It may amuse you to hear that our Hayford was also invited to go on the US Delegation to the Algiers Congress. I regret to say that, in reply, he had the bad taste to tell the State Dept. that when Uncle Sam had finished badgering him about the settlement of his father’sMellen Chamberlain Peirce (1847–1936), who was born in Bangor, Maine and lived there almost all of his life. He was in the wholesale hardware and grocery business. In 1882 he married Anna Hayford, the daughter of William B. and Laura Hayford. After Hayford’s death in 1887, he managed the timberlands and business property of the Hayford estate. He was also a director and officer of the Dirigo Ice Company of Bangor. Mellen and Anna Peirce had three children: Ada Peirce McCormick, Hayford, and Waldo Peirce. estate, changing the rules of the game every five minutes, so that an estate took longer to wind up in the USA than in any country in the world, Tibet included, he, Hayford, would be glad to consider representing Uncle Sam in Algiers, and even taking a few days rest himself, after etc, etc, etc. These backwoodsmen. . . .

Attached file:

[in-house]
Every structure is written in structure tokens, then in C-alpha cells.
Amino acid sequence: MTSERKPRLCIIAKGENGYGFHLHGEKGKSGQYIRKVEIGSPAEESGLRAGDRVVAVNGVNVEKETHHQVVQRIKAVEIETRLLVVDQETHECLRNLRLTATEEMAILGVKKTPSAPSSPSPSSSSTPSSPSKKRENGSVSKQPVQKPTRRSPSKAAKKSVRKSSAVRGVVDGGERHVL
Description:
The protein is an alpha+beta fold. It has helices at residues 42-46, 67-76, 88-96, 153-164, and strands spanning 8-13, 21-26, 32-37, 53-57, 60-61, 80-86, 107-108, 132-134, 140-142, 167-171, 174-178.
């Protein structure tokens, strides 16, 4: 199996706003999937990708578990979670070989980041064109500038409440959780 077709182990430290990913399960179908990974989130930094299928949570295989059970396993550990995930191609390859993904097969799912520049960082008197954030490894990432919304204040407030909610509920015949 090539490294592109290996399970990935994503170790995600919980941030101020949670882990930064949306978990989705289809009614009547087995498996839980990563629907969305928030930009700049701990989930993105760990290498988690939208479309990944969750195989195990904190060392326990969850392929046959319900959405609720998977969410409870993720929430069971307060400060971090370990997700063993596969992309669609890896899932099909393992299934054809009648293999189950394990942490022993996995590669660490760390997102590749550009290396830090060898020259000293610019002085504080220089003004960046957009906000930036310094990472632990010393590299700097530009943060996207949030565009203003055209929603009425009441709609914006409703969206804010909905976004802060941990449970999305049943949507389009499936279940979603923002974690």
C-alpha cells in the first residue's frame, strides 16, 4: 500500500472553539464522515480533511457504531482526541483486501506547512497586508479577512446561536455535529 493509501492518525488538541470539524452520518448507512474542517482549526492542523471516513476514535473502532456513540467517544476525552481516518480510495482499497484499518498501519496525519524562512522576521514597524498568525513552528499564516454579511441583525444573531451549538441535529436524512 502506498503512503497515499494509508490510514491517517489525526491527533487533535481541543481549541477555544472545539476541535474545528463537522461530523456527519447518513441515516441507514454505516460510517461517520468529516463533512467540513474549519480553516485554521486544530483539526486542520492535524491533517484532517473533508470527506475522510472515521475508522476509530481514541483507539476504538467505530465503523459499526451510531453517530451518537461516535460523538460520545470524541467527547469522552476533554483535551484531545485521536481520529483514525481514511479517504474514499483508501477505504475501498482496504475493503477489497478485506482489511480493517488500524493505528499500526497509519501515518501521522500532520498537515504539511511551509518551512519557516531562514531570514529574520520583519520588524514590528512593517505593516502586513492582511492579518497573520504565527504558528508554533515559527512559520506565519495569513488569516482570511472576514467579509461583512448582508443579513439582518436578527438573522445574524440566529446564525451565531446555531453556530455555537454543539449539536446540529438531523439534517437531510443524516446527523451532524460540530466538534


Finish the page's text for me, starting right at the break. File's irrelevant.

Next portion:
I must say a word of commendation about this boat.RMS Statendam, Holland America Line. When I boarded her, she struck me as rather small and old fashioned, compared with the Nieuw Amsterdam. But I soon came to appreciate her. I have a splendid big room, outside of course, with bath, all very comfortable, in which I’ve been able to work, undisturbed. Spotless cleanliness. It has been quite rough, one day, and she’s an excellent sea-boat. I haven’t been bothered by anyone—haven’t spoken to a soul, except my steward, the whole trip. Not made to dine at the Captain’s table. Not introduced to the cuties. Had a marvelous time.

The food is no worse, really, than it is on any other boat – one subsists. And I like the stolid Dutch pans [sic] of the officers and crew, as a background. And the boat is sufficiently small for one to feel in touch with the sea. Of course it has hugely added to the agreement of the trip that the cabin class is only about 1/3 full.

Well – we’re due to land early tomorrow morning. My blessings on you, dearest Mildred.

R. T.

The Dutch line for AΠOΛAYCIC,“Apolausis.” This reference refers to BZ.1938.72, a floor mosaic with a representation of Apolausis, a personification of pleasure or enjoyment. every time.

 
Associated People: Hayford Peirce; William Royall Tyler
Associated Things: L'art byzantin
Associated Artworks: BZ.1929.1; BZ.1938.72; BZ.1939.12